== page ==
Repressed Memories: A Current Perspective

Repressed Memories: A Current Perspective

Greg Walsh OAM[1]

 

23 January 2017


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This is a strange time, Mister. No man may longer doubt the powers of the dark are gathered in monstrous attack upon this village. There is too much evidence now to deny it. You will agree, sir?

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Reverend Hale in Arthur Miller’s The Crucible

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Introduction

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Allegations of sexual assault polarise people like no other issue. This applies equally to members of the Judiciary and the Legal Profession.

There are those who readily assume that any person against whom an allegation of sexual assault is made must be guilty. There are others who understand the fundamental importance of the presumption of innocence.

The 1980’s and 90’s heralded an enormous interest and focus in respect of issues of sexual assault. This lead to a number of legislative changes in each of the States of Australia. The essential basis for the plethora of reports and legislative changes have been that the criminal law, does not protect persons from sexual assault and that there is an overriding need to obtain greater protection for victims and to have higher conviction rates.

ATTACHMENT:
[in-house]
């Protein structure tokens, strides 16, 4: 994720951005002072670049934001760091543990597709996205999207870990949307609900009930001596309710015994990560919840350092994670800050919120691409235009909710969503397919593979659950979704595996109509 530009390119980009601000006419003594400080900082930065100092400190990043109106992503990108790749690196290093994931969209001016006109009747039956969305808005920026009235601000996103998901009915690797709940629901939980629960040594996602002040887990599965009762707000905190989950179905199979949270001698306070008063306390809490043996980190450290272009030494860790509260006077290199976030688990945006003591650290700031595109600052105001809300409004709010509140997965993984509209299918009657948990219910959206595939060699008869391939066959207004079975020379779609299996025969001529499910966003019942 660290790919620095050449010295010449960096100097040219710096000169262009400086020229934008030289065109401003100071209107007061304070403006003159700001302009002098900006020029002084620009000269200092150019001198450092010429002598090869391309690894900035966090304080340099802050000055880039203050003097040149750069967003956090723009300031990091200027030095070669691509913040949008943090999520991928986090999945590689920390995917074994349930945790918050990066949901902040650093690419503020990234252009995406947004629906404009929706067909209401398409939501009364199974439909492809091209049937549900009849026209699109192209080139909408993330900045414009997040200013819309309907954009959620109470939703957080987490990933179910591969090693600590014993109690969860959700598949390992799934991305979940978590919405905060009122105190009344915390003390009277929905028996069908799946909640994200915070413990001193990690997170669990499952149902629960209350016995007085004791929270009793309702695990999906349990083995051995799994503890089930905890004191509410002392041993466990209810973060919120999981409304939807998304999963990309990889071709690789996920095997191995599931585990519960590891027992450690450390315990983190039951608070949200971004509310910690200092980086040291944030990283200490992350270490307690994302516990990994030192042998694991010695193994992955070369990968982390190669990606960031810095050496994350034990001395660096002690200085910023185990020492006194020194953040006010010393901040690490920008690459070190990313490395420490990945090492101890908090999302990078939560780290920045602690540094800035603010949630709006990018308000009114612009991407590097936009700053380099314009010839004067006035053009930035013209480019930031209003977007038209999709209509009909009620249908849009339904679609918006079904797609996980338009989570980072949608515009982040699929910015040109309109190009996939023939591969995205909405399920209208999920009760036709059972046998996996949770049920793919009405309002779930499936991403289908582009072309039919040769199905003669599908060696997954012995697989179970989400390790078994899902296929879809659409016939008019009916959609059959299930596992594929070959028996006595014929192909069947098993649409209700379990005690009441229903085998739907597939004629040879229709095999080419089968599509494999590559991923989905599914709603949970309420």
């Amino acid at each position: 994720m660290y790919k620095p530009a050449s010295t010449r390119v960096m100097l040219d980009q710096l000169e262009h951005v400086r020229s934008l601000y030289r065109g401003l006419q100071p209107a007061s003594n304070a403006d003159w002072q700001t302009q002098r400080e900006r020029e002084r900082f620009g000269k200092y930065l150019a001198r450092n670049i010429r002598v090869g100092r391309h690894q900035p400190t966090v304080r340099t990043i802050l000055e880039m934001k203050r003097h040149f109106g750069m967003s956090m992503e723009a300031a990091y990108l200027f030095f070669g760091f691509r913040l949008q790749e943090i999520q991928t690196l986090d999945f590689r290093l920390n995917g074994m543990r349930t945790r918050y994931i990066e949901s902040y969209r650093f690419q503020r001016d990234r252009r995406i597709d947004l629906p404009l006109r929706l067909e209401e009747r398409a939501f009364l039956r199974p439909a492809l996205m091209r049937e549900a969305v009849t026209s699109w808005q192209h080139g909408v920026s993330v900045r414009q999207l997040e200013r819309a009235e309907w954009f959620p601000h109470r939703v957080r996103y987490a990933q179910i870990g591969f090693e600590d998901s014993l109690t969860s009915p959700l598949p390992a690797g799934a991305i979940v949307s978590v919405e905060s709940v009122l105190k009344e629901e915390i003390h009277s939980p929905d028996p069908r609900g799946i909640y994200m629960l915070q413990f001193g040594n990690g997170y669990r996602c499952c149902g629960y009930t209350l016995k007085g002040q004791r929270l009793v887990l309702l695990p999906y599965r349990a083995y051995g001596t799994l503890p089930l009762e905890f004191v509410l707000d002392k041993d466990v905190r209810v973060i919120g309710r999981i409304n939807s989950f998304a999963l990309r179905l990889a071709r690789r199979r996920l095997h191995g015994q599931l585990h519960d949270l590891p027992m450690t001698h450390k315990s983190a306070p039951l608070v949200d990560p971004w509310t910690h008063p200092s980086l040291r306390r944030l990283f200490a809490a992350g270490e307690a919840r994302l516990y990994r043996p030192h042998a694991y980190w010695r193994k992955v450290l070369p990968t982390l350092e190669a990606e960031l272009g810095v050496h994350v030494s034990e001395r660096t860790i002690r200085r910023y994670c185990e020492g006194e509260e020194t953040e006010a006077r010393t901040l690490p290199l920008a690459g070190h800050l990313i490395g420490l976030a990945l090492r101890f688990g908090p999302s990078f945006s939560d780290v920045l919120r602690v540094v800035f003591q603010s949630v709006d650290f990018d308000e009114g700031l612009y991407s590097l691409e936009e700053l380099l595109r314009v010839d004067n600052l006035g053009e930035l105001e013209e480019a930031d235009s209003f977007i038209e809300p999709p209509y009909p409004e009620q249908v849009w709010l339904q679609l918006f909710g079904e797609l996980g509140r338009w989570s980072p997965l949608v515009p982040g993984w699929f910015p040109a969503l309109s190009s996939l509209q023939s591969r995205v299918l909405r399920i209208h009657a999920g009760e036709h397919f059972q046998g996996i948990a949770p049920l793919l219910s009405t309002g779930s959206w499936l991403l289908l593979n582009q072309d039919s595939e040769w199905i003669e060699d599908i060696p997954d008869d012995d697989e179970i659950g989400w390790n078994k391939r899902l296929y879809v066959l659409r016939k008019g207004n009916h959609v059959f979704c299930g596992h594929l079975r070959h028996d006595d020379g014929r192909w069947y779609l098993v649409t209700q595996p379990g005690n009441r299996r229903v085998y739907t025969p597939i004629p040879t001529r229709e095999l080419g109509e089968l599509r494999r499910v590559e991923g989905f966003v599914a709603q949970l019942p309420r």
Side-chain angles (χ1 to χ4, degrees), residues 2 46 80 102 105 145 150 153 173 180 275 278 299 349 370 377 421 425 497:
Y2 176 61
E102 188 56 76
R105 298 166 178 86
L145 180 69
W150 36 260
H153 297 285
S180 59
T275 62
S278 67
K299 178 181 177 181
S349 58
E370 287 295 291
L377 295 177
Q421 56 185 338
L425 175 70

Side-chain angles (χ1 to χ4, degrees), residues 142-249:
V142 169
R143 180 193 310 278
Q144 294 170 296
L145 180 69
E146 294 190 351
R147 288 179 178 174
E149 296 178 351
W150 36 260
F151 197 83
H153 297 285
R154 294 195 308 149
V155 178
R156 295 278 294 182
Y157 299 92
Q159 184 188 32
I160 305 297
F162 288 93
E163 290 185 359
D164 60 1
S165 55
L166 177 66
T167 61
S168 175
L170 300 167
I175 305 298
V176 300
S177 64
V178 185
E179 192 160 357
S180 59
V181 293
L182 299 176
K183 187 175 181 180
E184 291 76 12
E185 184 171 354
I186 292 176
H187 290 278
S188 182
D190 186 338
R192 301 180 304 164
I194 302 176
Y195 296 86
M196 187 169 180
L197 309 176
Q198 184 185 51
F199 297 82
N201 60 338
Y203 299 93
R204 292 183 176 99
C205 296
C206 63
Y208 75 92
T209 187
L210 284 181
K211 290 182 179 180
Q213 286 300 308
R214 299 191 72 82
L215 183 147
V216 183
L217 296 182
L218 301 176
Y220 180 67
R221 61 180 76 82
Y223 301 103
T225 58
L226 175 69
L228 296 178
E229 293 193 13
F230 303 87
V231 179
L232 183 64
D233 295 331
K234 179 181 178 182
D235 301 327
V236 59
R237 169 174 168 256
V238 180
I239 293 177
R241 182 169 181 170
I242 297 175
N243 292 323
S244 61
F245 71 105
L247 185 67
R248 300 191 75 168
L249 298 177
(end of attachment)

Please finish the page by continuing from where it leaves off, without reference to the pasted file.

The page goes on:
There is no doubting that in terms of pure politics this approach is one of enormous attraction to Governments. The perception is that there is overriding public support for being seen to be active in protecting alleged victims of sexual assault. Further, it is always good politics to be seen to be being hard in respect of criminals.

These trends have seen a major shift away from a “due-process” model to a “crime control” Criminal Justice System. The latter places particular emphasis upon an almost “therapeutic” approach in cases of this nature.

This paper, though dealing with the issue of repressed memory, nevertheless seeks to alert those who work within the Criminal Justice System of the significant danger that a Child Sexual Abuse Industry is very much in operation within Australia and that there needs to be a critical appraisal of whether the momentum has swung too far. The paper will seek to address such issues that may arise involving the trial of persons charged with Sexual Assault. This material will hopefully be of assistance in gaining a greater understanding of human memory and the way in which these types of cases can arise and are investigated.

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About the author

Matthew Walsh administrator